After Catherine Morgan asked "Did You Know John McCain's Health Care Plan Does Not Include Preexisting Conditions?" over at BlogHer, I thought to myself "huh, really? Wow." and moved along. You know, I've got coverage right now; I don't have any serious pre-existing conditions (knock on wood) and gee, does anyone expect the Republican candidate to really care about health care?
But then a fairly brief post by Joseph Paduda over at Managed Care Matters made the point that McCain's plan "manages to cost more than the Obama or Clinton plans, while insuring far fewer people", and I thought "huh, that sounds like a mess, ad some pretty bad government that should really concern me even if I don't see its immediate impact on my own health and life."
OK, maybe I didn't think it exactly like that...but I was motivated to click over to the analysis that Joseph recommended, over at Health Care Policy and Marketplace Review.
Here's Bob with the smackdown:
First, he is simply shunting the problem off to the states.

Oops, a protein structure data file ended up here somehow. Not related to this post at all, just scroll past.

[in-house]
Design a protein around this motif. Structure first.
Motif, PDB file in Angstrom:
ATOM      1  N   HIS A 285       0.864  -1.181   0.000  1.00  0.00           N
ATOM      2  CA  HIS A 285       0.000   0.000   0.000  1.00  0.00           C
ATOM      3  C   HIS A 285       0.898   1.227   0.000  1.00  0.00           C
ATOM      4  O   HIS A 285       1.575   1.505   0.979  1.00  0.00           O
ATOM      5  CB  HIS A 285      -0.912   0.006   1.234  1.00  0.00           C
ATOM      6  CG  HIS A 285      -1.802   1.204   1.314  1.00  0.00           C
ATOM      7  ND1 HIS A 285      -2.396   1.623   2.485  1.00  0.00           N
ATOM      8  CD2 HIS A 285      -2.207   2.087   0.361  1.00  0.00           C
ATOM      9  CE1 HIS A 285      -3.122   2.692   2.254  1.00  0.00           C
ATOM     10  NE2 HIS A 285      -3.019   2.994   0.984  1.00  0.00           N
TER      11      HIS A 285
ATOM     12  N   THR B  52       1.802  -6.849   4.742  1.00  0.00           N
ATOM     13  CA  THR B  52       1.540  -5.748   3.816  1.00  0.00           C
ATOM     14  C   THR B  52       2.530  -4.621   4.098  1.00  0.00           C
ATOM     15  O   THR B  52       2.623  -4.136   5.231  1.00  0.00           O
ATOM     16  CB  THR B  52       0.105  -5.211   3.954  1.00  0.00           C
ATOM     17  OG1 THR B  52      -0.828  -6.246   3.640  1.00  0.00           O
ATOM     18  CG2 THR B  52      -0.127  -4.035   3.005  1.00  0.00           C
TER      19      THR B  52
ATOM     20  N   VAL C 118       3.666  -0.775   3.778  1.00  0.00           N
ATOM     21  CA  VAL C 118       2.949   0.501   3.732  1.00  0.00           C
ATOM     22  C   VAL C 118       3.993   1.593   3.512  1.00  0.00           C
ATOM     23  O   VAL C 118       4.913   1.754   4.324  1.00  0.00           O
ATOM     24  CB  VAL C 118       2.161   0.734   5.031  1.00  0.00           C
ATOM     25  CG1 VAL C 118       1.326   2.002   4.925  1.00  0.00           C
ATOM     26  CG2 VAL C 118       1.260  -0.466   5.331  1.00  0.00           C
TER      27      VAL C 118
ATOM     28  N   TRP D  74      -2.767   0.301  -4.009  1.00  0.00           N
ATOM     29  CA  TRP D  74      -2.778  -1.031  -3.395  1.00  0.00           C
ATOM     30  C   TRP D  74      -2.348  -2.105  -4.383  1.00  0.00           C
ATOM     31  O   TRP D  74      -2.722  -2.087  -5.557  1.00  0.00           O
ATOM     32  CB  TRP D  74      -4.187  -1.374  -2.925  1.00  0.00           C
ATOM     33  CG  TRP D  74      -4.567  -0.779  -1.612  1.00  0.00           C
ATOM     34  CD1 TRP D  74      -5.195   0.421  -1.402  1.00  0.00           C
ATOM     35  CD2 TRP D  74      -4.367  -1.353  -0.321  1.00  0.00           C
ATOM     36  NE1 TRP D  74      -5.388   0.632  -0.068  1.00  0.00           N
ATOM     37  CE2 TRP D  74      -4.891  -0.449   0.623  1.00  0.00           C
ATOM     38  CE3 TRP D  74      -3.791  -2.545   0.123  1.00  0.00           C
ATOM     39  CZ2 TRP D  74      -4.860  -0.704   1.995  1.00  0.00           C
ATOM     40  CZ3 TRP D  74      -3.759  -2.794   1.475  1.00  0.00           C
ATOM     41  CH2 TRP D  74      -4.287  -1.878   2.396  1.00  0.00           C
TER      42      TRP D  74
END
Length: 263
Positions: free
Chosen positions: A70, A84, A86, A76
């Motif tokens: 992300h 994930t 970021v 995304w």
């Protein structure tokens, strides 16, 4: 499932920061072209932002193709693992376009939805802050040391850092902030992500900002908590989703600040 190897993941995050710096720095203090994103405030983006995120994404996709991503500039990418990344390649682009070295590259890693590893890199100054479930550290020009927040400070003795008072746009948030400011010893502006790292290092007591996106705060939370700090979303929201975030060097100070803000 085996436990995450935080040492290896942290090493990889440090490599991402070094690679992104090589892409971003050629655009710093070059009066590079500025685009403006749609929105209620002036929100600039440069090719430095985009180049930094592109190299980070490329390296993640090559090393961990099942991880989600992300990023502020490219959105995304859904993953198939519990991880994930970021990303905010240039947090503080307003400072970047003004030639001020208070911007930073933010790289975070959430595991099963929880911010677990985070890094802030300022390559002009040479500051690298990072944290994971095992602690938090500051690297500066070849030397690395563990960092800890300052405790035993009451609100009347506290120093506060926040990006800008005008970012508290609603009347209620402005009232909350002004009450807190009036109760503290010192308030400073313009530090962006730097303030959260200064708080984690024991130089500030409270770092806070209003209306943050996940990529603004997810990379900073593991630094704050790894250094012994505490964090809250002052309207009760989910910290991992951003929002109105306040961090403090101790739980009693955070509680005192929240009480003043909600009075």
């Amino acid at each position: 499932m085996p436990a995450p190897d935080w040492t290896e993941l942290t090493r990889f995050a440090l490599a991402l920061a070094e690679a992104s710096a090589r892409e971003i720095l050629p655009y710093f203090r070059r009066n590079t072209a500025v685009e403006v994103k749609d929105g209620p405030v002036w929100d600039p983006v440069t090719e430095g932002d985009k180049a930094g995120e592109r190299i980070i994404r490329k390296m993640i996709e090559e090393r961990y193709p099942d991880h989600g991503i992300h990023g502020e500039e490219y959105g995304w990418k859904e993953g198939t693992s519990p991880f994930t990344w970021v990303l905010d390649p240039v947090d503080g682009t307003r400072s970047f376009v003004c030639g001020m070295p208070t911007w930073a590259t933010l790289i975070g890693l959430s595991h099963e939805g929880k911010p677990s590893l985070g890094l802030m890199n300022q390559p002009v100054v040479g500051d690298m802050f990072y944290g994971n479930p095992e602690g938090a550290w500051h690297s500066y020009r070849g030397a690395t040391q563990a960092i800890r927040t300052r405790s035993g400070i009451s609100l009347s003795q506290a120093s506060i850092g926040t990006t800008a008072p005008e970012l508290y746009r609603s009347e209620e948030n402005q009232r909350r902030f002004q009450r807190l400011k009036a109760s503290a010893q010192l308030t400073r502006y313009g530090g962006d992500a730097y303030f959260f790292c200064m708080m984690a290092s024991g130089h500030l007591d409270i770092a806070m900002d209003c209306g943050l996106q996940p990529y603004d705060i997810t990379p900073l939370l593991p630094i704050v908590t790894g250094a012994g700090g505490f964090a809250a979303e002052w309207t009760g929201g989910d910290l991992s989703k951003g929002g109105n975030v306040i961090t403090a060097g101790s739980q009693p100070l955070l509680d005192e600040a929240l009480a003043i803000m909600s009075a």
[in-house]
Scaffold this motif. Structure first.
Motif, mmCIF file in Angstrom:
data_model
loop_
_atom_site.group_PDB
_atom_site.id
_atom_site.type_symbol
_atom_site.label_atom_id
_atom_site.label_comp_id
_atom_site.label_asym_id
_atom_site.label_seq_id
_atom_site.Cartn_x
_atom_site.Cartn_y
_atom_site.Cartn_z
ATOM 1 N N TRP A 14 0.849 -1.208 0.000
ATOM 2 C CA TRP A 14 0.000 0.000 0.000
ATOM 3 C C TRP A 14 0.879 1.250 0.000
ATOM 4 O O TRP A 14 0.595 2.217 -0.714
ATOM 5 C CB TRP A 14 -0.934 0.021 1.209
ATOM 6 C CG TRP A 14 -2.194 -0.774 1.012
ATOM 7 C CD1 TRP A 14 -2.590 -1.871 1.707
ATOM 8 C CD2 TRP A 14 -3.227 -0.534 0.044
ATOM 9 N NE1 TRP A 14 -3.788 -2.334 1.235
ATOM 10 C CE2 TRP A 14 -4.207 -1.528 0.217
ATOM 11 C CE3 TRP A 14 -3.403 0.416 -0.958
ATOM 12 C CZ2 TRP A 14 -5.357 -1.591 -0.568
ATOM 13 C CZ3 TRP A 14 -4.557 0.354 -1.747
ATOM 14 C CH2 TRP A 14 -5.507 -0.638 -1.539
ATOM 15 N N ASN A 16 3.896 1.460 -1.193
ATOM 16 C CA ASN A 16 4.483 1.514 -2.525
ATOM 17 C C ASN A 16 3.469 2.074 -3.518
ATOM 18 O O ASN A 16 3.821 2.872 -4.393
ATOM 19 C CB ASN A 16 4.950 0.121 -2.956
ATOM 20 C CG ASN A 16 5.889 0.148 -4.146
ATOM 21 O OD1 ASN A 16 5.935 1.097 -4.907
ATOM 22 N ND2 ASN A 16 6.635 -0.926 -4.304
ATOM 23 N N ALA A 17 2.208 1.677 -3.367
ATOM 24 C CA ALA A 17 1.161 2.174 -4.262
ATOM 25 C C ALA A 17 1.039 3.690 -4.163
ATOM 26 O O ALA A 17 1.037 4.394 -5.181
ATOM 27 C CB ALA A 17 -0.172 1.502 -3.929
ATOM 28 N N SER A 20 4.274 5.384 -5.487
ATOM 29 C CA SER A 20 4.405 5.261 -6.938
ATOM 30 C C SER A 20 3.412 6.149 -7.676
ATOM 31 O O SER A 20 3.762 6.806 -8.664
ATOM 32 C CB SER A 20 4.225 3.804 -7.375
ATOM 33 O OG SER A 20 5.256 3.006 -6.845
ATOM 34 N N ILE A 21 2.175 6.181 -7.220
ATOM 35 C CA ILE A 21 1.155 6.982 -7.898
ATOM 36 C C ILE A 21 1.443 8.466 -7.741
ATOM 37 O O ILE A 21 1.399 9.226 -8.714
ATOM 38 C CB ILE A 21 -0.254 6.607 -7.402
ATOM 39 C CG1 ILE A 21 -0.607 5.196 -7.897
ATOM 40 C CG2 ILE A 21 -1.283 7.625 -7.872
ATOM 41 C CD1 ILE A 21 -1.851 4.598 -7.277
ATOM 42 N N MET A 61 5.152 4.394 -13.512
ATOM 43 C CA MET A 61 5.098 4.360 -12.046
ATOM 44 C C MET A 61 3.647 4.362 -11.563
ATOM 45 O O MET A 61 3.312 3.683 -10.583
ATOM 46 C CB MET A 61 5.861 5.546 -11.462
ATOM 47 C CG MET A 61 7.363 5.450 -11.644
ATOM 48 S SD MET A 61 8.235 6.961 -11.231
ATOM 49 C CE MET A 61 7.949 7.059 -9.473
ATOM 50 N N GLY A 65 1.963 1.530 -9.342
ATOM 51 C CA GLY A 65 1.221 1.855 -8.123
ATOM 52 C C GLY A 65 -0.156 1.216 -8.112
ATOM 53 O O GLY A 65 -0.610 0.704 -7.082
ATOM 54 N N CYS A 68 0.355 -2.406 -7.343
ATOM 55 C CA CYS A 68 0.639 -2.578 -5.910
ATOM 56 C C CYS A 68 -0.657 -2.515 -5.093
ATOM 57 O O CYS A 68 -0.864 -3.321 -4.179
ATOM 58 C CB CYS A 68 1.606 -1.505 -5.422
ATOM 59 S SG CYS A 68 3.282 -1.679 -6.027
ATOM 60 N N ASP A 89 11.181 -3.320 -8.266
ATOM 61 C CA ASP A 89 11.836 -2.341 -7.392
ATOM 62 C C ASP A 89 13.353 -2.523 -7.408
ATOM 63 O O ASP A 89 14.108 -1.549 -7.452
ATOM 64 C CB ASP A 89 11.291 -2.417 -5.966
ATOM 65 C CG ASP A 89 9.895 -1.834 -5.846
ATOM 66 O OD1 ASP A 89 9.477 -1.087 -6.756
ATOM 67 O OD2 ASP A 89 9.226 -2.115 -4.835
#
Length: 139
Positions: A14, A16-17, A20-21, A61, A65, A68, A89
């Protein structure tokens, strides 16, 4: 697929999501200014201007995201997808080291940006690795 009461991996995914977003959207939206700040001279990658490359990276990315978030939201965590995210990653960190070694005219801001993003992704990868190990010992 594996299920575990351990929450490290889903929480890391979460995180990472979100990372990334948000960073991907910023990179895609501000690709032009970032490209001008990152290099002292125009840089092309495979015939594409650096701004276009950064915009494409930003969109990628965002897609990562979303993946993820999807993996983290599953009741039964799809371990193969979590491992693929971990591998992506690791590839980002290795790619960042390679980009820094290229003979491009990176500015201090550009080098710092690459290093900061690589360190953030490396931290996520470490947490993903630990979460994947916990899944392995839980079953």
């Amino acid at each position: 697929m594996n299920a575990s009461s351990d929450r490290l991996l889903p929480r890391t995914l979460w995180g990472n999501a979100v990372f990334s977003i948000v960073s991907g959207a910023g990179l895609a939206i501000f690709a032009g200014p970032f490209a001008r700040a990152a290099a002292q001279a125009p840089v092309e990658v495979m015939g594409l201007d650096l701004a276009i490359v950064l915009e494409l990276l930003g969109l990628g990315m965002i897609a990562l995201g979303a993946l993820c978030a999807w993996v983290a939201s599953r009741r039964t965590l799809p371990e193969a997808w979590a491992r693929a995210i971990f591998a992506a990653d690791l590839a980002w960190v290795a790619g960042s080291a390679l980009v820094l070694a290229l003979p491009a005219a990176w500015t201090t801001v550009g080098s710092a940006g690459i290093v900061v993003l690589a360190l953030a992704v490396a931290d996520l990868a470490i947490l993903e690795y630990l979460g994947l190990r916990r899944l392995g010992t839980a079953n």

Second, he implies that one or more states have figured out what to do with people who can't get health insurance because of preexisting conditions. Just which state is that? I don't know of a single state that has been able to provide widely available access to health insurance for people who cannot get it.
Third, just who would finance this pool? States have tried so called high risk pools before. Time and again they are swamped by people trying to get in and there is never enough money. Since they have never worked before, how would they work this time? There were vague references to coming up with $7 billion in federal money here. Is that their proposal?
I really haven't been reading this blog enough to know whether his claims of a non-partisan approach are valid or not, but he does examine each candidate's plan, and I intend to subscribe and find out!
Here are links to his analyses of the candidate plans, so you can judge for yourself: